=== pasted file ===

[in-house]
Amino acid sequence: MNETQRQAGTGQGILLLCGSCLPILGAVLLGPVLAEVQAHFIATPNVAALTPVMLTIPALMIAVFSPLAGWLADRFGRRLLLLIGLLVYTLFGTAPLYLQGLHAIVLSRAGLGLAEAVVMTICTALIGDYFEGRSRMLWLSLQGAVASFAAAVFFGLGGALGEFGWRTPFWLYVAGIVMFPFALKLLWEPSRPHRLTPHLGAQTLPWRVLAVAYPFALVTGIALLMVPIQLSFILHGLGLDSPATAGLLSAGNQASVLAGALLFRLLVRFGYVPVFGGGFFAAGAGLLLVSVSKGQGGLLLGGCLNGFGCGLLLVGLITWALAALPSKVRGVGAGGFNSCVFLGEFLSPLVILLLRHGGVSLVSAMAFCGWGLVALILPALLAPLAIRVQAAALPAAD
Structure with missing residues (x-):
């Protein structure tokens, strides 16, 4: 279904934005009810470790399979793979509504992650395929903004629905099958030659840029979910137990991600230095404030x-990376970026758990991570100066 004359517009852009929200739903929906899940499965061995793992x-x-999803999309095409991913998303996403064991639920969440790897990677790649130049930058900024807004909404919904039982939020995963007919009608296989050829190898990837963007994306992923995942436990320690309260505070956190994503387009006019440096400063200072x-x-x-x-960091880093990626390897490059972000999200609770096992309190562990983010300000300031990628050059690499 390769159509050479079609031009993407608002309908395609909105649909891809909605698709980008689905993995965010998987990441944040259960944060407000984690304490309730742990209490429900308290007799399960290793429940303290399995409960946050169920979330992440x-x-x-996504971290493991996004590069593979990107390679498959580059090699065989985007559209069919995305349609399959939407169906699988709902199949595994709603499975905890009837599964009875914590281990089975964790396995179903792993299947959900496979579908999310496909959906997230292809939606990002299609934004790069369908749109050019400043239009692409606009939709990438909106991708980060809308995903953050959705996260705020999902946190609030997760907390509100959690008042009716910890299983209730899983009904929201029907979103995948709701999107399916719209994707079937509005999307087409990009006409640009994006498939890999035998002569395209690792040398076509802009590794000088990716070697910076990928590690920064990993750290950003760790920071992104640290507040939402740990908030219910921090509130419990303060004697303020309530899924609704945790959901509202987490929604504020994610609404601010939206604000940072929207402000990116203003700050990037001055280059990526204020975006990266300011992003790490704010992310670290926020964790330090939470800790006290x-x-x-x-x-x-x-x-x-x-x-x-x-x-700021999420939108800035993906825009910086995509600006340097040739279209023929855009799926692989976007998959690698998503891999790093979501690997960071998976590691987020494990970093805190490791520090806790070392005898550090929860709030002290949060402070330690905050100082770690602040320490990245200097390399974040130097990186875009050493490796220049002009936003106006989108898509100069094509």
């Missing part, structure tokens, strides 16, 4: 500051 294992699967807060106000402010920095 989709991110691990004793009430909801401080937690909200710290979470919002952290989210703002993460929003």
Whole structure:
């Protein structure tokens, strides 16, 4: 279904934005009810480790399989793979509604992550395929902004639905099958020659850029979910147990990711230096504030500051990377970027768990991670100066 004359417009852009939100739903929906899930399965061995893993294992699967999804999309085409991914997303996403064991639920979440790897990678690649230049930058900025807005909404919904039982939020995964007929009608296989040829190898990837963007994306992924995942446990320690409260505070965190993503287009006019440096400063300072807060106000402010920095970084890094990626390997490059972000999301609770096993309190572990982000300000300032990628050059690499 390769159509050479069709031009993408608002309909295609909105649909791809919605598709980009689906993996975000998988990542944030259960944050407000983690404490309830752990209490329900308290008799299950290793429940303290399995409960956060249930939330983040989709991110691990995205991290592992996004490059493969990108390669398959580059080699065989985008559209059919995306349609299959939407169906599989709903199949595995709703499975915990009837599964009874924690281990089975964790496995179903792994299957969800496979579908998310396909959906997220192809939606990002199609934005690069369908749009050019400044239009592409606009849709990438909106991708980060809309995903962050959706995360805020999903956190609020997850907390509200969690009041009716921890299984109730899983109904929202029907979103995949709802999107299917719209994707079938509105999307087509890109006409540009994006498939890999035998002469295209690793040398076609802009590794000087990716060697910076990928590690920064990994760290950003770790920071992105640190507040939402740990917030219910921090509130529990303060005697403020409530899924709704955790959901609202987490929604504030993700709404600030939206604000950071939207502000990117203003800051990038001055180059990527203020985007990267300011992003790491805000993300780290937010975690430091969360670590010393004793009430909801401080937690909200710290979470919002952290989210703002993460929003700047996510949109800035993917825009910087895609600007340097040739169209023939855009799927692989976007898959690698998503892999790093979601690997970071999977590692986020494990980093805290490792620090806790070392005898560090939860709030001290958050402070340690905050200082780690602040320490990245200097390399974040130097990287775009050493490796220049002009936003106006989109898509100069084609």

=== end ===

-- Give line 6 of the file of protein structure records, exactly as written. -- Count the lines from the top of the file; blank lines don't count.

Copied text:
Whole structure: